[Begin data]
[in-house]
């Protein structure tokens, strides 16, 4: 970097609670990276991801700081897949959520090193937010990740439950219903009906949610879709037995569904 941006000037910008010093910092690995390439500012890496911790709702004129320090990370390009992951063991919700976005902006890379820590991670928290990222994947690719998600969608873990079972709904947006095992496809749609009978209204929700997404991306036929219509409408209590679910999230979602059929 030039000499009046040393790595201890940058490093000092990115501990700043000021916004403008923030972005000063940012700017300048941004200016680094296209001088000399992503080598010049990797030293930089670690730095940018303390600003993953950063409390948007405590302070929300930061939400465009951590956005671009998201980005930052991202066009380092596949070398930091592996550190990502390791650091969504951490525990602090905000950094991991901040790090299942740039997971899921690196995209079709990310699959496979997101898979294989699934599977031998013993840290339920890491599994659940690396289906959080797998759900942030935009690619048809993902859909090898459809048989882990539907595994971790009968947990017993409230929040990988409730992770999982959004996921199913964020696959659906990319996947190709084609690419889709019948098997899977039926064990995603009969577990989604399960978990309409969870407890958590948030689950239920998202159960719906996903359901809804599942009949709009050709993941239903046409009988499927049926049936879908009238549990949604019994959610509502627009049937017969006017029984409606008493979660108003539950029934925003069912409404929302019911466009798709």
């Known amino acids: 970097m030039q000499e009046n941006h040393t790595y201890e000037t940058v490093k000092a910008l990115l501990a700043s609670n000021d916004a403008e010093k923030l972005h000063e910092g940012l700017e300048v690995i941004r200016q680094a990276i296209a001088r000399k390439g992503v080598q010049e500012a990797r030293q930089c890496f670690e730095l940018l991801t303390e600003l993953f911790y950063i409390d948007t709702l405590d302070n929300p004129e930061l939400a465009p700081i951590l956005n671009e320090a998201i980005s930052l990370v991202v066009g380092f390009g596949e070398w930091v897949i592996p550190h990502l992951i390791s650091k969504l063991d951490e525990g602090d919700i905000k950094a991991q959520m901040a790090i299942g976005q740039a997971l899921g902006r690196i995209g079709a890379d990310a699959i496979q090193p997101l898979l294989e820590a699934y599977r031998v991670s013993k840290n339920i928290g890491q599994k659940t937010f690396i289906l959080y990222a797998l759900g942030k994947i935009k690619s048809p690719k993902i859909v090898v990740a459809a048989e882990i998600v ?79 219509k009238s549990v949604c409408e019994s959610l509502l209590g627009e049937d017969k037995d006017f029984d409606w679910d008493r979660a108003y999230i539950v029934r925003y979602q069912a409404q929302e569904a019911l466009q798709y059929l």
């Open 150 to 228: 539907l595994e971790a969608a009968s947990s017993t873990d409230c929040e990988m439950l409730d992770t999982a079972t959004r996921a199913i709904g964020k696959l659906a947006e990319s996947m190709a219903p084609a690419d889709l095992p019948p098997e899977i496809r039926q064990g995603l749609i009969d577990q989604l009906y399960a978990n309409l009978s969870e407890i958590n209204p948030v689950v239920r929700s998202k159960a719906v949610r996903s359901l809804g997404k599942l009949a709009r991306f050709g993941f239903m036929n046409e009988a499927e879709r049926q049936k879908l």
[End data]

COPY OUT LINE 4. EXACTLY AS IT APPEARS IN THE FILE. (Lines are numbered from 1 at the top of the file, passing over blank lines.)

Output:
């Open 150 to 228: 539907l595994e971790a969608a009968s947990s017993t873990d409230c929040e990988m439950l409730d992770t999982a079972t959004r996921a199913i709904g964020k696959l659906a947006e990319s996947m190709a219903p084609a690419d889709l095992p019948p098997e899977i496809r039926q064990g995603l749609i009969d577990q989604l009906y399960a978990n309409l009978s969870e407890i958590n209204p948030v689950v239920r929700s998202k159960a719906v949610r996903s359901l809804g997404k599942l009949a709009r991306f050709g993941f239903m036929n046409e009988a499927e879709r049926q049936k879908l």